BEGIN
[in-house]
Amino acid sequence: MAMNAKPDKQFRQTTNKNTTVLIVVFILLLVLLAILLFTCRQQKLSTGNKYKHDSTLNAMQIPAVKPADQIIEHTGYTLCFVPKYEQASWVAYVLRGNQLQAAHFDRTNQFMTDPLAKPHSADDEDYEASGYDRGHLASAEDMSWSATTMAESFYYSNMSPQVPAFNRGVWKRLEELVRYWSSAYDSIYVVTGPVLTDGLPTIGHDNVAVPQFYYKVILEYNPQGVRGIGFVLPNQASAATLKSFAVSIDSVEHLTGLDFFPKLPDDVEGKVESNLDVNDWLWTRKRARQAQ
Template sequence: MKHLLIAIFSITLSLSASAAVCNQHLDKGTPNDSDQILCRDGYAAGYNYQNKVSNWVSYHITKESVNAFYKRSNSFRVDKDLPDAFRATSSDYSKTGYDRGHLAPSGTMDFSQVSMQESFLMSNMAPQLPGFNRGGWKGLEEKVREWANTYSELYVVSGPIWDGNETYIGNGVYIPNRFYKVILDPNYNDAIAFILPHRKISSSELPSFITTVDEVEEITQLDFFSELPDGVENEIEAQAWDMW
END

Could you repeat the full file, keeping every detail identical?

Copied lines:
[in-house]
Amino acid sequence: MAMNAKPDKQFRQTTNKNTTVLIVVFILLLVLLAILLFTCRQQKLSTGNKYKHDSTLNAMQIPAVKPADQIIEHTGYTLCFVPKYEQASWVAYVLRGNQLQAAHFDRTNQFMTDPLAKPHSADDEDYEASGYDRGHLASAEDMSWSATTMAESFYYSNMSPQVPAFNRGVWKRLEELVRYWSSAYDSIYVVTGPVLTDGLPTIGHDNVAVPQFYYKVILEYNPQGVRGIGFVLPNQASAATLKSFAVSIDSVEHLTGLDFFPKLPDDVEGKVESNLDVNDWLWTRKRARQAQ
Template sequence: MKHLLIAIFSITLSLSASAAVCNQHLDKGTPNDSDQILCRDGYAAGYNYQNKVSNWVSYHITKESVNAFYKRSNSFRVDKDLPDAFRATSSDYSKTGYDRGHLAPSGTMDFSQVSMQESFLMSNMAPQLPGFNRGGWKGLEEKVREWANTYSELYVVSGPIWDGNETYIGNGVYIPNRFYKVILDPNYNDAIAFILPHRKISSSELPSFITTVDEVEEITQLDFFSELPDGVENEIEAQAWDMW